The Common Good

But We Had Hoped...

In only four words — “But we had hoped” (Luke 24:21) — we find one of the most profound expressions of human emotion in the entire New Testament.

A single pair of footprints. Photo courtesy grebcha/shutterstock.com
A single pair of footprints. Photo courtesy grebcha/shutterstock.com

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In the midst of all that was taking place around Jerusalem nearly two thousand years ago, Cleopas “stood still, looking sad,” for his life had taken a surprising turn for the worse. He had hoped that Jesus “was the one to redeem Israel,”yet it appeared that such dreams were shattered. Because of it all, Cleopas was left to move forward into a reality that he had not previously imagined. But we had hoped.

One can presume that Cleopas and his travel companion on the road to Emmaus not only felt shocked, lost, angry, and afraid, but also that their collection of emotions were representative of most who have come to believe that Jesus was the Messiah. While many had expected Jesus to be with them “mighty in word and deed” for many years to come, he was suddenly removed from their presence. In light of all that took place, the dreams of those who believed in Jesus were abruptly dashed, and the community of disciples was left — both literally and metaphorically — wandering down the road into a future that seemed removed of joy and filled with despair. But we had hoped. 

David Lose discusses how at various points in life we all have either uttered or pondered such words. Our existence is filled with unforeseen twists and turns that can lead to distress, discontent, and even disillusionment. When our lives contain unanticipated struggle we hope for it all to be made well, and when all seems to be well we hope that it all will continue for as long as possible. While we as human beings are diverse in countless ways, we all have experienced sudden moments of unpredicted disappointment and we all have felt the torrential downpour of despair.

...But we had hoped the cancer would heal. 

...But we had hoped the marriage would work. 

...But we had hoped the promotion would come.

...But we had hoped the legislation would pass. 

...But we had hoped the money would last. 

...But we had hoped the children would behave. 

...But we had hoped… But we had hoped… But we had hoped… But we had hoped….

With these four profound words, we not only learn to relate with all that Cleopas and others were feeling immediately after the death of Jesus. We are also inspired to name and claim those moments of surprising disappointment that we also often experience.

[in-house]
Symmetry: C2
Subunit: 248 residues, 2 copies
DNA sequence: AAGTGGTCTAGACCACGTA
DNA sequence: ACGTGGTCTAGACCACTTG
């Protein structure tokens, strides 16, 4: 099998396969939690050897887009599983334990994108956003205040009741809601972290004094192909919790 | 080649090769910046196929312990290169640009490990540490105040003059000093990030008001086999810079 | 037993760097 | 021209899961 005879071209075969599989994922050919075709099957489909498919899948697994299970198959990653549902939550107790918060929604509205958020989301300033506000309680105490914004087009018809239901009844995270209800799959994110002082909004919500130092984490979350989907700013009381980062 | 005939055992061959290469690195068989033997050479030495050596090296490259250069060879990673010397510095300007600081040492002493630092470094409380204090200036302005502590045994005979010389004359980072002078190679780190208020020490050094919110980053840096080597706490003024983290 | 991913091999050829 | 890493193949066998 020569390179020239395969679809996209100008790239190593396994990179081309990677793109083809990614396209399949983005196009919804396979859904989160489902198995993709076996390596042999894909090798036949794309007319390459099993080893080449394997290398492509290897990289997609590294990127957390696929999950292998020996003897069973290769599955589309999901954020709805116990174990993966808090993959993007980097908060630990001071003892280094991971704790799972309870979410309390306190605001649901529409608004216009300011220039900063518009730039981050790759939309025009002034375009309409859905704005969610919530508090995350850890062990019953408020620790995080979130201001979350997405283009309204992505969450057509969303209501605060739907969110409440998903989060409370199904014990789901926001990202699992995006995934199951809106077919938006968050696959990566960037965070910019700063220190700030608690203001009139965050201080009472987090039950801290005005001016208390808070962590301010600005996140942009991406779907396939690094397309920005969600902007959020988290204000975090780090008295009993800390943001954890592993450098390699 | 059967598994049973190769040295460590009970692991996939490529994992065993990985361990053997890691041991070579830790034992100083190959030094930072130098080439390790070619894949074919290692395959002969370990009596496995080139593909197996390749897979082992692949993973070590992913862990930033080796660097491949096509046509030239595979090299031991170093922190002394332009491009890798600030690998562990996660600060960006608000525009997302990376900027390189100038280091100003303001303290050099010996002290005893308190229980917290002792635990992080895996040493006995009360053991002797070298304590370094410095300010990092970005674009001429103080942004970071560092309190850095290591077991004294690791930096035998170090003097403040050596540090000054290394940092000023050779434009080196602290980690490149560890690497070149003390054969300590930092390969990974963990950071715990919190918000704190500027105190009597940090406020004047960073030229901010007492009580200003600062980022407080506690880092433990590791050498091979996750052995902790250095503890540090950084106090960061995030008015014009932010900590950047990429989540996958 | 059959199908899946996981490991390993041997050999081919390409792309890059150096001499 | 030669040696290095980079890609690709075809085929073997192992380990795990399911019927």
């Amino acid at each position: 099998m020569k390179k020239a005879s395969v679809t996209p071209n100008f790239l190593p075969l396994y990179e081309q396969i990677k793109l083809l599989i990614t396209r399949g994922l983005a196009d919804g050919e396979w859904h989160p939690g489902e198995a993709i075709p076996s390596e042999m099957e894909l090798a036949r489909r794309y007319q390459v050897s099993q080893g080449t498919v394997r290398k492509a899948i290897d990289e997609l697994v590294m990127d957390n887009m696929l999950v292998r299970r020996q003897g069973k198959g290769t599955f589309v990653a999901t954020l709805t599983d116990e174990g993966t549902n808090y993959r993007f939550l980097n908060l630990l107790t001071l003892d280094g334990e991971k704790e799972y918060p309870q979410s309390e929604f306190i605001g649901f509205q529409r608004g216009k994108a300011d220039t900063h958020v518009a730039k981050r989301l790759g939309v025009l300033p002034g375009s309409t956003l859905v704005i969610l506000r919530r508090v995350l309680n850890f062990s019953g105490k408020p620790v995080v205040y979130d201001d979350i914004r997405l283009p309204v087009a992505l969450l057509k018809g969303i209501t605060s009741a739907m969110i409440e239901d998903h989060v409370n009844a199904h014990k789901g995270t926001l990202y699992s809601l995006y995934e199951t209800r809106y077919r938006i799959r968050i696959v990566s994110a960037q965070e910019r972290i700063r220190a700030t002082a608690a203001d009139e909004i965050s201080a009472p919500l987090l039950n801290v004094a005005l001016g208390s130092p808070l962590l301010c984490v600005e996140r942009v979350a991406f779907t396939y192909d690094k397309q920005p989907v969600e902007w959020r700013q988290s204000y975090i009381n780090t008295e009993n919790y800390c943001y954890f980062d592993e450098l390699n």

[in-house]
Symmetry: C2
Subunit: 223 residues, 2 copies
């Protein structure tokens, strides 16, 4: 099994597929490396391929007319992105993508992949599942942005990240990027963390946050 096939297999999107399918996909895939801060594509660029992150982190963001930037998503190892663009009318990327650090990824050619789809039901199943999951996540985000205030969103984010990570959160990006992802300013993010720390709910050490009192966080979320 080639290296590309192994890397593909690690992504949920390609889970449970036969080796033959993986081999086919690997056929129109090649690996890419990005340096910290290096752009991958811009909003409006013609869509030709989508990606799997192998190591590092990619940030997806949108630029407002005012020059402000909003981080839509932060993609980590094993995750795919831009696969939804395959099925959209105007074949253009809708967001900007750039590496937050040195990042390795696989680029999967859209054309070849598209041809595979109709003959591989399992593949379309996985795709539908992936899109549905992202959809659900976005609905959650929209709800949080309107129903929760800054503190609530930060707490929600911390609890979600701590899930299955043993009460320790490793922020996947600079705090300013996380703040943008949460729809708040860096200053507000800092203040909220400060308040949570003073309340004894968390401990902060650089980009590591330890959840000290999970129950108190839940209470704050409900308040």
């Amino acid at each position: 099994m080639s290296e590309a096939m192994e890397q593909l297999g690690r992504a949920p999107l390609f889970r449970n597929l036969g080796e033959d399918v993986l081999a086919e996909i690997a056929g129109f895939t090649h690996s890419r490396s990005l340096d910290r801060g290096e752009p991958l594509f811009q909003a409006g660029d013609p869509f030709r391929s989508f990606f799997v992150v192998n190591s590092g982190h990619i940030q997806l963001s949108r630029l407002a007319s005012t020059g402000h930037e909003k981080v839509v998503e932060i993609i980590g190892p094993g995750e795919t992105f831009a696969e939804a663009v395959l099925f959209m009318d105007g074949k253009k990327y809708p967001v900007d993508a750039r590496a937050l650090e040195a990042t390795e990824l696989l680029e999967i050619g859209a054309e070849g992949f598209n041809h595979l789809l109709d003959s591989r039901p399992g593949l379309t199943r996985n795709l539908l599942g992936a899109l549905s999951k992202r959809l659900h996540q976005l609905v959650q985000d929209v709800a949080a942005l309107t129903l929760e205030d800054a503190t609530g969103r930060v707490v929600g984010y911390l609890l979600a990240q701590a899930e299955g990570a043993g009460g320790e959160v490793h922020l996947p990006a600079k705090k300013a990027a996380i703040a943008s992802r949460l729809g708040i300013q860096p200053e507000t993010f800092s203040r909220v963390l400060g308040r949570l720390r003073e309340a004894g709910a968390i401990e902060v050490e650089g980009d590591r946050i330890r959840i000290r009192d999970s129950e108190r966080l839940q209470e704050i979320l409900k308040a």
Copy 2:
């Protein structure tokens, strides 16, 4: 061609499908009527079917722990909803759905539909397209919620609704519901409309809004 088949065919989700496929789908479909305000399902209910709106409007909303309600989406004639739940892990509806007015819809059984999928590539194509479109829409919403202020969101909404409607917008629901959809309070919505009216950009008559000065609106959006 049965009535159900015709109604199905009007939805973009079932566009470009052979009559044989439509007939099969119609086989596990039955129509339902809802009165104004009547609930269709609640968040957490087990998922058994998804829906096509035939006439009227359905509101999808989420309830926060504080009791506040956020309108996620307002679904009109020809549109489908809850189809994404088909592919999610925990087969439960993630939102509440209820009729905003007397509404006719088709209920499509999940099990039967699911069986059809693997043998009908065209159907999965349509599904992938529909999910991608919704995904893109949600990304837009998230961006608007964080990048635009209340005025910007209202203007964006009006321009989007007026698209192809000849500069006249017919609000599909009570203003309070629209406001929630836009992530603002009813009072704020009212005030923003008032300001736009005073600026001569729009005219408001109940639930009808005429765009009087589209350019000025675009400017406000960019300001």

When dreams appear to shatter and our plans for the future do no match up with what has actually occurred, at times we react with anger and try to pass blame. Yet perhaps most of all, we are left wondering — like Cleopos and other disciples — where was God in the midst of it all? Was God not with us? Where was God when our secure and predictable future suddenly became insecure and unpredictable? Where was God when we felt pain by no fault of our own? Where was God when we cried, screamed, and shouted with sadness? Where was God when the path forward seemed to crumble and we were left to wonder how the pieces could be placed back together? But we had hoped

When Cleopas and the other disciples experienced deep grief, “their eyes were kept from recognizing” the presence of God in their midst, and this momentary spiritual disability kept them from seeing the awesome possibilities that were standing right in front of them. However, in an amazing twist of events, Jesus eventually opened Cleopas’ eyes, and in doing so Cleopas was shown a new way to walk an old path. For instead of disappointment and anger, Cleopas and his travel companion embraced the awesome new life that was awaiting them. Through it all, the two on the Road to Emmaus were shown how God was at work in the complexity of their daily lives — and no matter what the circumstances, they had nothing to fear and everything to embrace.

Ultimately, the disciples were shown that the clouds of life will clear, the sun always rises, and the risen Jesus gives his followers burning hearts to keep moving forward on the path laid out before them.  As we collectively look to the future and wonder what it all may bring, we can listen to the story of Cleopas and his companion on the road to Emmaus. Just as God made their hearts burn within them back then, God continues to do the same for us here and now.

More specifically, we are reminded that although most things in life never stay the same, we can be fully assured that one thing will remain unchanged: the promise of Jesus to accompany us.

Whether the future brings that which was once expected, or even if the time ahead bring that which could not have been foreseen, in Jesus we are given the blessed assurance that we have nothing to fear. Through this, we are set free to experience life in its absolute fullness.

And so, regardless of which path we are all called to travel, may we continue to look up, reach out, and see the awesome presence of God in every face we see and on every road we travel. For it is with God’s Spirit that we are given all that we need for the journey ahead.

May we embrace the promise of God’s abiding presence, feel the comfort and challenge that comes with it, and together, may we move forward into an unknown future with confidence that all will indeed be well.

Brian E. Konkol is an ordained pastor of the Evangelical Lutheran Church in America (ELCA), serves as Co-Pastor of Lake Edge Lutheran Church (Madison, Wis.), and is a PhD candidate in Theology & Development with the University of KwaZulu-Natal (South Africa). 

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